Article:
I wrote this in 2014 while my husband was deployed. I think all of us parents could use a little creative humor to help us get through some of the roughest times.

Am I right?

Mom 139: New Parent’s Translation

JEM

They have searched for me, my kids,

they know me well.

They know when I sit down, and when I get up to clean;

They perceive my need for time alone from afar.

They discern my going shopping and my lying down for a catnap;

They are familiar with all my habits.

Before a word is on my tongue,

they interrupt and make me forget what I was going to say.

They pull at my hem from in front and behind me,

Their hands are always on me.

Such attention is overwhelming for me,

Too much for me to process all at once.

Where can I go from my children?

Where can I go to flee from the kids?

If I go in the bathroom, they are there, 

In the middle of the night when everyone should be sleeping, they are there. 

If I get up early, they are there,

Try to sneakily eat chocolate behind closed doors, there! 

Even there, they beg!

Their hands trying to take it from me, making me feel guilty.

If I say, “Surely I can have privacy in the darkness

and the quiet becomes peace around me,”

the night will be full of interruptions;

because the darkness means it’s time to play.

They were created in my inmost being;

I am the mother in whose womb they were knit.

I praise God because they were fearfully and wonderfully made,

His works are wonderful!

My frame was not hidden from their kicks

when they were made in the secret place,

when they were woven in the depths of my girth.

Their eyes saw as their hands punched me;

all their days were written in their baby book

hopes and promises before they came to be.

How precious are their words, and their silence!

How vast is the sum of their joyful noise!

Were I to count them, it would require I could concentrate…

I’m sure their questions have outnumbered the grains of sand–

when I’m awake, they are always with me.

In game and play, they slay the zombies.

They pretend to kill the monsters and vampires.

While at church they sing Jesus Loves Me;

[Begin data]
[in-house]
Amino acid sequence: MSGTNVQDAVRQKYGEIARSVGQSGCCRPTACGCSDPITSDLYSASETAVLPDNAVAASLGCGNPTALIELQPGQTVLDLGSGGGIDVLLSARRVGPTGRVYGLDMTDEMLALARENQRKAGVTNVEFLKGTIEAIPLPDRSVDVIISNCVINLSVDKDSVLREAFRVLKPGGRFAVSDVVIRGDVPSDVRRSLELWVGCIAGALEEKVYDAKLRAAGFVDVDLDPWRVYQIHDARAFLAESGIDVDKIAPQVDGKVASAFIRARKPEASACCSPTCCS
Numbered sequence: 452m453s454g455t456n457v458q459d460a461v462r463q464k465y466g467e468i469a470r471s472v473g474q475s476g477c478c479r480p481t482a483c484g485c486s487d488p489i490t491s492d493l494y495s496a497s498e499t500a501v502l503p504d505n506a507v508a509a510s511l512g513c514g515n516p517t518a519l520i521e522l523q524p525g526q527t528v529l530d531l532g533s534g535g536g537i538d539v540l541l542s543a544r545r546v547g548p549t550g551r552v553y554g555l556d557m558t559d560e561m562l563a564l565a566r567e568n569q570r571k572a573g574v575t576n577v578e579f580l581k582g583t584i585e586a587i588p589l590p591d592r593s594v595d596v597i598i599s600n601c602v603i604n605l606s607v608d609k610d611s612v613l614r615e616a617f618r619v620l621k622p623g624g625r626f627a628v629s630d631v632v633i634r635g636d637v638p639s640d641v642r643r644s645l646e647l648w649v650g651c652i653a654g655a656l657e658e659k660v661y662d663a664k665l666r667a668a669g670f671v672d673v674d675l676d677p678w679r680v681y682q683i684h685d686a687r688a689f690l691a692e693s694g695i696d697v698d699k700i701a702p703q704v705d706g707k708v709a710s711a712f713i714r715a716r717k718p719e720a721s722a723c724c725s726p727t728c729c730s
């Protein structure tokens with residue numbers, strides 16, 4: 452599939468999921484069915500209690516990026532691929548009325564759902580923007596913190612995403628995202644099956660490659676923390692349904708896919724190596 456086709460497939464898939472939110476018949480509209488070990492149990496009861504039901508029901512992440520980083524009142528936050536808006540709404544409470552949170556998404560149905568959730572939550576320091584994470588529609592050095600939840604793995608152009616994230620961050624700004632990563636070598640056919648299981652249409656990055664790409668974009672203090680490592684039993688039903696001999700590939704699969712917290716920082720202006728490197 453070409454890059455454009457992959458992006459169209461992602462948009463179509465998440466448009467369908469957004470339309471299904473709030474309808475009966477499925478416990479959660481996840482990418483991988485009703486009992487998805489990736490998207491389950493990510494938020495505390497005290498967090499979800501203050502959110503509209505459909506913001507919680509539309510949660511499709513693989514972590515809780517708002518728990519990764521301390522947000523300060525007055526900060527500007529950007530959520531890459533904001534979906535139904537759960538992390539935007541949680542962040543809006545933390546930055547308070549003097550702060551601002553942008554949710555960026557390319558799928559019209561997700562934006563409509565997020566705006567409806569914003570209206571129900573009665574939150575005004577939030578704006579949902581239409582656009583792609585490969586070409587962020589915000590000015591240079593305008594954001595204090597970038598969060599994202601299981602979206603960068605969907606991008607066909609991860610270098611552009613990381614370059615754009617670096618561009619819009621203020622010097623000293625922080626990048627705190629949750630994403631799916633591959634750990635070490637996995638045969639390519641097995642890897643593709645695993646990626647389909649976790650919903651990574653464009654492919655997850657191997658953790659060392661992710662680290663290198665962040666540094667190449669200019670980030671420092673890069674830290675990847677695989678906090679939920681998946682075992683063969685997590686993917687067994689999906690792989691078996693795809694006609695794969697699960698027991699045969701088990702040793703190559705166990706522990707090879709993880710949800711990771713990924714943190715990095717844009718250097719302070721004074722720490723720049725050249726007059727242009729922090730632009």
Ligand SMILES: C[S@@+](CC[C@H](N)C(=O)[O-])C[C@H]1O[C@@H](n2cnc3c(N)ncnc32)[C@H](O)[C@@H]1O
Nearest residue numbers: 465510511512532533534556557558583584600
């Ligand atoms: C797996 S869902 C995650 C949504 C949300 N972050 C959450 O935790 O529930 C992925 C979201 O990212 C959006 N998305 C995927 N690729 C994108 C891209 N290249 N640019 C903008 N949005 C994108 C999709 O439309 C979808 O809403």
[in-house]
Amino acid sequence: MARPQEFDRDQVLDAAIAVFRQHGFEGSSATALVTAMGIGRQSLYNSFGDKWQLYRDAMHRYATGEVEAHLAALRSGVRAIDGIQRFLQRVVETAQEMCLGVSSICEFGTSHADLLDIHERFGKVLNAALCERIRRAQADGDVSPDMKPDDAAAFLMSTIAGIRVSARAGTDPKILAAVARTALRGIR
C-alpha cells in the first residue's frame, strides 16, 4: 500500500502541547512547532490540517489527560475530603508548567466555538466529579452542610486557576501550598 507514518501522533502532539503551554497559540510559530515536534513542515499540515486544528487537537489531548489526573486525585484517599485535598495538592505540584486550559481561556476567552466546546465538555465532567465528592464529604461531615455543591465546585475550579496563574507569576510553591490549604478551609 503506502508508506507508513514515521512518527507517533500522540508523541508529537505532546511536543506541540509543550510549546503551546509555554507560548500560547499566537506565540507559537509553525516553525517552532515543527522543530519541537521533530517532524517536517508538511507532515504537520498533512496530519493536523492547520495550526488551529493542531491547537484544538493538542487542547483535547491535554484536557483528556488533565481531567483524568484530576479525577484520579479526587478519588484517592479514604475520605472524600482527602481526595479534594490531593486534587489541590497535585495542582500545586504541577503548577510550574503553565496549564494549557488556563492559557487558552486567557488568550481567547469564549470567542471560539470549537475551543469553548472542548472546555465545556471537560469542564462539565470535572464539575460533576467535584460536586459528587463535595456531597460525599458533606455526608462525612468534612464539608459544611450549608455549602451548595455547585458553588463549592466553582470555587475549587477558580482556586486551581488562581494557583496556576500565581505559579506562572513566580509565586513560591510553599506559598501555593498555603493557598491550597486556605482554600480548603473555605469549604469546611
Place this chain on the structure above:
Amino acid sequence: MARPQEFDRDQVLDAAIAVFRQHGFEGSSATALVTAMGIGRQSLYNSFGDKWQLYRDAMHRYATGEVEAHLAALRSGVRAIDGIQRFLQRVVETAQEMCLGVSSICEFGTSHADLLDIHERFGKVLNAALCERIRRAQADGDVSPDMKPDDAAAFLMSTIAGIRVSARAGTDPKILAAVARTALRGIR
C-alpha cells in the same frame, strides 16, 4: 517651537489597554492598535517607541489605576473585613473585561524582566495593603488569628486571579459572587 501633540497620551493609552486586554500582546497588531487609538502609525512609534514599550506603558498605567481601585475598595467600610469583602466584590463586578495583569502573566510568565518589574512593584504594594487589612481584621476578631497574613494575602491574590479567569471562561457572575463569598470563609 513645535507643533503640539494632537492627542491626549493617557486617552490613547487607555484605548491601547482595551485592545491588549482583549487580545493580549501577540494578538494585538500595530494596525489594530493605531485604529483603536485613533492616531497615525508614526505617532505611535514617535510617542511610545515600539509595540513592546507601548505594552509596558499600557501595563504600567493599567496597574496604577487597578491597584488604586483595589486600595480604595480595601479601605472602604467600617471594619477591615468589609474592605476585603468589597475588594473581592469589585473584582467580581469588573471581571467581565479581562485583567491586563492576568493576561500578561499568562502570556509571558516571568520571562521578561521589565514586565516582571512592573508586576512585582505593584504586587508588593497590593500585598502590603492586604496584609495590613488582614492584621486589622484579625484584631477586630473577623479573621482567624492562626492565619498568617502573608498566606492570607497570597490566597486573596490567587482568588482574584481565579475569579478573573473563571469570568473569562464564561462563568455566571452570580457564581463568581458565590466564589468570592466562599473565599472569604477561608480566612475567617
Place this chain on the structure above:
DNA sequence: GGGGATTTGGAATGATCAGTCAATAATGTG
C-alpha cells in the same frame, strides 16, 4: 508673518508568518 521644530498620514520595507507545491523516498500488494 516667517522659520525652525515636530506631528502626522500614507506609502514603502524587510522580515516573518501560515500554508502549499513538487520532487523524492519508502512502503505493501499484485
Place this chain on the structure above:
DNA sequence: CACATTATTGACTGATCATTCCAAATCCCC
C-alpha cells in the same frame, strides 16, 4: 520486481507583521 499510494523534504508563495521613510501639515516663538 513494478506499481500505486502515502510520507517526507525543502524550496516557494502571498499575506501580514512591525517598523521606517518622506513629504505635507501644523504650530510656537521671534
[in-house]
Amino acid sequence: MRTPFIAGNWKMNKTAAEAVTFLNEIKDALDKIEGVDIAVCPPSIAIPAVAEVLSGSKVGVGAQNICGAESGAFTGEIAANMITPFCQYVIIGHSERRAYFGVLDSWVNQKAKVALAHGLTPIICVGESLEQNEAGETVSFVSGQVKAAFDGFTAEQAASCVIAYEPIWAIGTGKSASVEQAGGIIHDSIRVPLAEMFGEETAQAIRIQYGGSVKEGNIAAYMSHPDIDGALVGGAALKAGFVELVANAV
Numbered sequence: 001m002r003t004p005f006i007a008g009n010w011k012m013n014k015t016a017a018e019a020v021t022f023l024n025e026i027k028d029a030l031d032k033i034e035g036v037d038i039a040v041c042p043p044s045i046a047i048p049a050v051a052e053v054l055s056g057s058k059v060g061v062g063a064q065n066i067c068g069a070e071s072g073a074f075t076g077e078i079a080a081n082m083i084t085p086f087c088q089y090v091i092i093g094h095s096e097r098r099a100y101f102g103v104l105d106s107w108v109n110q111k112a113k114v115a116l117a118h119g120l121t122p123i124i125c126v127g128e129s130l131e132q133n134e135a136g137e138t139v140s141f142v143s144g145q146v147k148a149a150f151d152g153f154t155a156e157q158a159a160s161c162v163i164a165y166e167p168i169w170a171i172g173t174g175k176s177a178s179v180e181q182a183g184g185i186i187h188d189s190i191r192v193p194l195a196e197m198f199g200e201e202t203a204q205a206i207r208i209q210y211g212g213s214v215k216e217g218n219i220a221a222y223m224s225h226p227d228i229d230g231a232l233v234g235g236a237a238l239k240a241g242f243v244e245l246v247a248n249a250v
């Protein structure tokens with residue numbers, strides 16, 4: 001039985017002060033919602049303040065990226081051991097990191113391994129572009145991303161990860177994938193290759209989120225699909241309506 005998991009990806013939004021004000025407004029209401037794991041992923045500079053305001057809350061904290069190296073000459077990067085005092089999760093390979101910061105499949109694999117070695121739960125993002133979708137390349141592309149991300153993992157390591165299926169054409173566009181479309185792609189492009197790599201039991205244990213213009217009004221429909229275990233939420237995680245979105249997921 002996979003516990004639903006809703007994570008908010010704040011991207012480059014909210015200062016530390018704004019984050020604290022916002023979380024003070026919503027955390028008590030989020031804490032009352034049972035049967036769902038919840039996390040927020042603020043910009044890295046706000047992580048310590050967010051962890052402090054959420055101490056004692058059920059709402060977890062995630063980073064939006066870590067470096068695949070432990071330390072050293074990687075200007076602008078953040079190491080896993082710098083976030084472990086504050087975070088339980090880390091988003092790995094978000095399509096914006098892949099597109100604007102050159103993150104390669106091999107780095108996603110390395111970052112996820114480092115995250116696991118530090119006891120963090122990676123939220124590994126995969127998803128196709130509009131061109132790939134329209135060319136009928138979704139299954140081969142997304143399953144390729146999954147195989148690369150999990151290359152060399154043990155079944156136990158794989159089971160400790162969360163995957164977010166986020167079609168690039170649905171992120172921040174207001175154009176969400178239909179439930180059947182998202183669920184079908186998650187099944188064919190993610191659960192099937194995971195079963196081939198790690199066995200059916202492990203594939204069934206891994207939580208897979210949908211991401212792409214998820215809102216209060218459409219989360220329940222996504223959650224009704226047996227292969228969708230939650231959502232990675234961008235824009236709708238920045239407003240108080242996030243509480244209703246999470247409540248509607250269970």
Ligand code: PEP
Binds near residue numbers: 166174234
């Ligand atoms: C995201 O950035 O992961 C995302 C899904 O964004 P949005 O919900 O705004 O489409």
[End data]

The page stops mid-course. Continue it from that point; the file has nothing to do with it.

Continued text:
they are learning of His precious Name.

Do I not get angry with those who are mean to them,

and abhor those who bully or reject them?

I have nothing but disdain for adults who dismiss them;

I count them as missing out on great opportunities.

My kids have searched through my stuff, and they know what I love;

they test me and cause anxious thoughts.

They push buttons of offensiveness,

but I love them, that’s my way, and it’s everlasting.

https://jemtreeheartrenewed.wordpress.com/2014/10/09/mom-139-new-parents-translation/

The Truth About My Mom-In-Law

The strengths of my mother-in-law stand out so clearly for me. She has been a wonderful example of being strong, courageous and faithful.

 

bird

 

 

 

 

 

 

 

 

 

Sensitive

Traditional

Righteous

Observant

Noteworthy

Gentle

 

Concise

Outspoken

Unrelenting

Respectable

Amazing

Giving

Encouraging

Overjoyed

Unique

Smart

 

Fabulous

Ardent

Intuitive

Thoughtful

Hard-working

Fruitful

Unwavering

Loving

My Mom Is One Of A Kind

The things I learned from my mom are perseverance, strength, wisdom and loyalty.

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My mom is:

Practical

Economically minded

Resourceful

Supportive

Effective

Valuable

Excellent

Rational

Authentic

Needed

Courteous

Encouraging

 

Strong-willed

Tenacious

Realistic

Engaging

Necessary

Generous

Thoughtful

Humorous

 

Wise

Intentional

Selfless

Daring

Outgoing

Magnanimous

 

Logical

Original

Yielded to God

Ambitious

Love-able

Truthful

Young at heart

 

My mom is beautiful.

What My Mom Helped Me Learn

My mom has helped me learn some things that I now have the opportunity to purposefully make sure my daughter gets from me.

Deborah turning 4 Incidentally, when my mom came o1) Always have her back. Even if I don’t agree with her or she doesn’t handle things the way I would, never make her feel as though she has to deal with things alone.